Is a variation of the unifile in its double helix configuration as
well as variations in flute depth.

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It differs from the unifile since the angle of the flutes remains
uniform through the length of the instrument and the depth of the
flutes increases from tip to handle.
Cutting by reaming is also possible due to its flute design.

Buchanan has further modified the H-type file as the safety Hedstroem

has a non-cutting side to prevent ledging in curved canals.


NT-SENSOR FILES
Another variation by Mac Spadden.
These instruments have 3 flutes, the third flute set as half the < of
the other two S-shaped flutes.

MAC FILE
Newest version.
Produced in nickel-titanium, which gives the instrument
superelasticity.
A-FILE
Modified by levy to function better with the automated canal
finder system.
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Also available as a hand file.


Unique features of A-File
Steep depth of the flutes.
40 helical angle of the cutting blades (these cut more efficiently than
standard 60/70 helical <).
Advantages:
Can be used in a curved canal (the steep blades on the inner wall
collapse and lose their cutting ability. It is more aggressive on the
external wall. Non-cutting tip follows lumen without ledging.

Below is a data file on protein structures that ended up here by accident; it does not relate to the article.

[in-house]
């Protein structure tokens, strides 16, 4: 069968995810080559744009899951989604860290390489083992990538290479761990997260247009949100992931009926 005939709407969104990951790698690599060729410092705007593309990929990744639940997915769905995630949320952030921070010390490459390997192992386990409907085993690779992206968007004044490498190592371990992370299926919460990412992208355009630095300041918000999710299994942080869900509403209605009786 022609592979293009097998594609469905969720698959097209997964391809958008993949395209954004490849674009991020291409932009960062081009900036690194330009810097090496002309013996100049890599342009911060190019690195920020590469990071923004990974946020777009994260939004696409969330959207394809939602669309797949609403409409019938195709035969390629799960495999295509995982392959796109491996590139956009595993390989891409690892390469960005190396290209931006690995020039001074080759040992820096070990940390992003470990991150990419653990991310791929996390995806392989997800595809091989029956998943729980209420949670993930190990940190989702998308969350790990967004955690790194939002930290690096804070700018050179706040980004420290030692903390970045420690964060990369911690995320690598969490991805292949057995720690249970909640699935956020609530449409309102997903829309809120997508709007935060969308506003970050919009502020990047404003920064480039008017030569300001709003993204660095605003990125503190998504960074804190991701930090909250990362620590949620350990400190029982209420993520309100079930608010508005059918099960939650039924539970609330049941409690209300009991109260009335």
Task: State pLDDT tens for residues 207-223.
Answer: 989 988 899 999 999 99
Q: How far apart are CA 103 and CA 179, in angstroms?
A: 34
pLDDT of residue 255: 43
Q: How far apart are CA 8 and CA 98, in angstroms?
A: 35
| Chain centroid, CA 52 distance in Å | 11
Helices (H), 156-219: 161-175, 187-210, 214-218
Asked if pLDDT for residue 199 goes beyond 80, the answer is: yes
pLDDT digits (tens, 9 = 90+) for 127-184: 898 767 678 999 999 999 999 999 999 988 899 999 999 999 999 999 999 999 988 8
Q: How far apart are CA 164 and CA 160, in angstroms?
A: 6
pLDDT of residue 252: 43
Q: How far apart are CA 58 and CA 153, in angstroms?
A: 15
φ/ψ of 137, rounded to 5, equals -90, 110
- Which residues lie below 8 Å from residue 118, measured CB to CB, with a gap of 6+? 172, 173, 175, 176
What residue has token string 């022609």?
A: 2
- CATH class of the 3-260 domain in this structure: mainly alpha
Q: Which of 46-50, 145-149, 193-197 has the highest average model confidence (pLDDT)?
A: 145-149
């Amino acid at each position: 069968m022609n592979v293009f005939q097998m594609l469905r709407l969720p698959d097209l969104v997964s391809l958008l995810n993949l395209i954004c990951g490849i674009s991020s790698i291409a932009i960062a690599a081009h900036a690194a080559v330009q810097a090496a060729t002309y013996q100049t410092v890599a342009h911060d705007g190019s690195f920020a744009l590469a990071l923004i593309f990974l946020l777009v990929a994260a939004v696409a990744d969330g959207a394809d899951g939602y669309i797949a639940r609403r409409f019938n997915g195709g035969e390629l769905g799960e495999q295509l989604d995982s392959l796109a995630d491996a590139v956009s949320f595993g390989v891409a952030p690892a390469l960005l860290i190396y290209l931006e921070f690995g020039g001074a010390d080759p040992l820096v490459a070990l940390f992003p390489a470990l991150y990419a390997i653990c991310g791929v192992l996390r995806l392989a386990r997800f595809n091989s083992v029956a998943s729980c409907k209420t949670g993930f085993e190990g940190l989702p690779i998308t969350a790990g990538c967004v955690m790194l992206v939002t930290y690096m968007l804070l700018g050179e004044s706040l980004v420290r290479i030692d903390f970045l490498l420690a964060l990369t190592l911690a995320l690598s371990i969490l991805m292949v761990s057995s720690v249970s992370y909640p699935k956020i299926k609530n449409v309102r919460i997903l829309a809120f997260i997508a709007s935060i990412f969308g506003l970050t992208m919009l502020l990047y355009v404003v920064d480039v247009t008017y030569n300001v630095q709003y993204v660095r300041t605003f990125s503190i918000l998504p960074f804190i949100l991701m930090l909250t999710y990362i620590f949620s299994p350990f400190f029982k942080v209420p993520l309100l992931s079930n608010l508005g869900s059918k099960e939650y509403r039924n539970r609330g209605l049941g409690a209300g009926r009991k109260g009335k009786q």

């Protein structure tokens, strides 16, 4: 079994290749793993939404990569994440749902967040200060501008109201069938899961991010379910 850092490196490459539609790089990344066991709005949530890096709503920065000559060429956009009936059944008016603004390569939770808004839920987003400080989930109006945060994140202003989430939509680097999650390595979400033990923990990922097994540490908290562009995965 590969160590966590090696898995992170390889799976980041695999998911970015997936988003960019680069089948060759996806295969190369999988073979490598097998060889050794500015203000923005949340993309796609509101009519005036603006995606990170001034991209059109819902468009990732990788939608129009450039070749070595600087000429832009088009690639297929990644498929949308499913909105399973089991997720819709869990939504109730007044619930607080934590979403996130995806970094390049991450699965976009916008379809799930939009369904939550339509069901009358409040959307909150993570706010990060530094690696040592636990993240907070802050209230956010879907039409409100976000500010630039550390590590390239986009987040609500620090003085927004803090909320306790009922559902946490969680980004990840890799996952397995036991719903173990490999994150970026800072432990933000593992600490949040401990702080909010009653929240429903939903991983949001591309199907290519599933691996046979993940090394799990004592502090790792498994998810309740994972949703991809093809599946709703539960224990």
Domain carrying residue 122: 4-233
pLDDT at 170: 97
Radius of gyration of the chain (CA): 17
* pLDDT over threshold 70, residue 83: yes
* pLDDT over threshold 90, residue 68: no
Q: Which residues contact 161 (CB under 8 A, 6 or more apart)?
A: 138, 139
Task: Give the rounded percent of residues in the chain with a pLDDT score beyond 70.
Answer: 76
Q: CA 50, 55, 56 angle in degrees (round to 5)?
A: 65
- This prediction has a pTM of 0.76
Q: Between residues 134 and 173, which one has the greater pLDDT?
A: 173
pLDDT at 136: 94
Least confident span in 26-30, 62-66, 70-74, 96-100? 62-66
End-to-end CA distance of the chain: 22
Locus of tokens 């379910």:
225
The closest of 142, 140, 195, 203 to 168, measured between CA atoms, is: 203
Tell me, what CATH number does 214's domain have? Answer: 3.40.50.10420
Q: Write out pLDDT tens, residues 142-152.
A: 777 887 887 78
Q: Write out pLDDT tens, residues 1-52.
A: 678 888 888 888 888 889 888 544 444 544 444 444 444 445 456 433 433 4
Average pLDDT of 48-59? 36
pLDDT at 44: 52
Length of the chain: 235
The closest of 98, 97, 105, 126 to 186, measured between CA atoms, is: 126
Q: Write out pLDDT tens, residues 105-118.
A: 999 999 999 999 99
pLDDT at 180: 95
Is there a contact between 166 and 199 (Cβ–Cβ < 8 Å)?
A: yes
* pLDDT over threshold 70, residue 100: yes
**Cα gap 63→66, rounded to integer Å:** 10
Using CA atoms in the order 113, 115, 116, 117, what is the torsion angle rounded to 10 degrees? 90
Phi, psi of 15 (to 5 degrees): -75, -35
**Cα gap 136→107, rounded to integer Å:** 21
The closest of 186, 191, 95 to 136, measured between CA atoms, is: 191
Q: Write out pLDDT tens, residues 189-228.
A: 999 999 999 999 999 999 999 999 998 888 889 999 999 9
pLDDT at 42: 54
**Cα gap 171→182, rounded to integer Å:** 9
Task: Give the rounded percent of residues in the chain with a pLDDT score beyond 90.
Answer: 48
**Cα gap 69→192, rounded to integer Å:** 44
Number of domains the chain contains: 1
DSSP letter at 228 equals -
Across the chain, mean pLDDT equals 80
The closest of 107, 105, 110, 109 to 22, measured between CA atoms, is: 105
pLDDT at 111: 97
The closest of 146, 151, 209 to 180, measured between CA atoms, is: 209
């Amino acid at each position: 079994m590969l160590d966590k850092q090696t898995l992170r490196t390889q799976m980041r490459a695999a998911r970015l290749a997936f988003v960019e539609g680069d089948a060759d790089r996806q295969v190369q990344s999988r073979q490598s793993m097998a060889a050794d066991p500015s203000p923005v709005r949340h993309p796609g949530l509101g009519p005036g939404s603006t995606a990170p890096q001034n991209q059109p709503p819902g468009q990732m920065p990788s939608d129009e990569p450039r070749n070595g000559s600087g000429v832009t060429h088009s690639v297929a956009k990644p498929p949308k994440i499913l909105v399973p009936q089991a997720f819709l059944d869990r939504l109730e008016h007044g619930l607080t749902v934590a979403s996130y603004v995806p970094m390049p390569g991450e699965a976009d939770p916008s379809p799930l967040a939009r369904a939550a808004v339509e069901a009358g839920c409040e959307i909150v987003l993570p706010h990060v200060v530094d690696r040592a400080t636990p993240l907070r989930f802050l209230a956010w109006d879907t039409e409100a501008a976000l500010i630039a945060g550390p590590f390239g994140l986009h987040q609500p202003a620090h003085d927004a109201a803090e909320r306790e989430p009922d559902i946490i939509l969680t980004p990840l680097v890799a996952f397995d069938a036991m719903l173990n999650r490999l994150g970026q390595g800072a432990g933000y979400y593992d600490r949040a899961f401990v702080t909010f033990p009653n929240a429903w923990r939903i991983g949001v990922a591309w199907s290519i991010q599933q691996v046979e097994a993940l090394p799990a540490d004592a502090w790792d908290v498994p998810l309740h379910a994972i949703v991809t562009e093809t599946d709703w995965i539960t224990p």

On withdrawl, H-file represents +ve cutting action on internal
wall (arrow) where stripping perforation frequently occurs, and
sharpened tip tends to ledge into external wall.
U-file
Developed by Heath.
Marketed as the canal Master u files.
Triangular cross-section with two 90 cutting edges at each point
of the triangular blade.
Adapts well to the curved canal.

18

Non-cutting pilot tip ensures that the file remains in the lumen of
the canal, thus avoiding zipping and transportation at the apex.
These files are used in both a push-pull and rotary motion.

19

APICAL PREPARATION TYPE HAND INSTRUMENTS


I] Canal Master Instruments

Hand
Engine driven

Developed by Wildey and Senia.

3 major feature

a 1.0mm non-cutting pilot tip.

a small size-cutting head (3mm; since reduced


to 1-2mm)
a non-cutting shaft with increased flexibility.
To overcome problems (rapid wear and breakage) with the canal
master, a new design of the cutting blades ensued canal master
u.
Here the blades are the u design developed by Heath.
Hand instruments come in sizes (20-80) with a number of half
sizes in between
22.5
32.5
42.5 etc
Engine driven instruments are in 150 sizes 50 100.
Originally it was recommended that these instruments be used in
a reaming action i.e. 90 turn to the right and 90 turn to the
left.

20

However, with the new u design, continuous rapid clockwise, yet


gentle drilling action is recommended.
Advantages:
It reduces the incidence of transportation within the canal.
Disadvantages:
Instrument breakage.

to overcome this problem, the canal master u is made from


Nickel-Titanium Ni-Ti canal Master u (CMU).
Advantages:
-

Less tendency for transportation, ledging and zipping.

Less breakage.

Less debris being forced through the apical foramen.

FLEXOGATES (Gates Glidden Modification) (a.k.a. Handygates)


-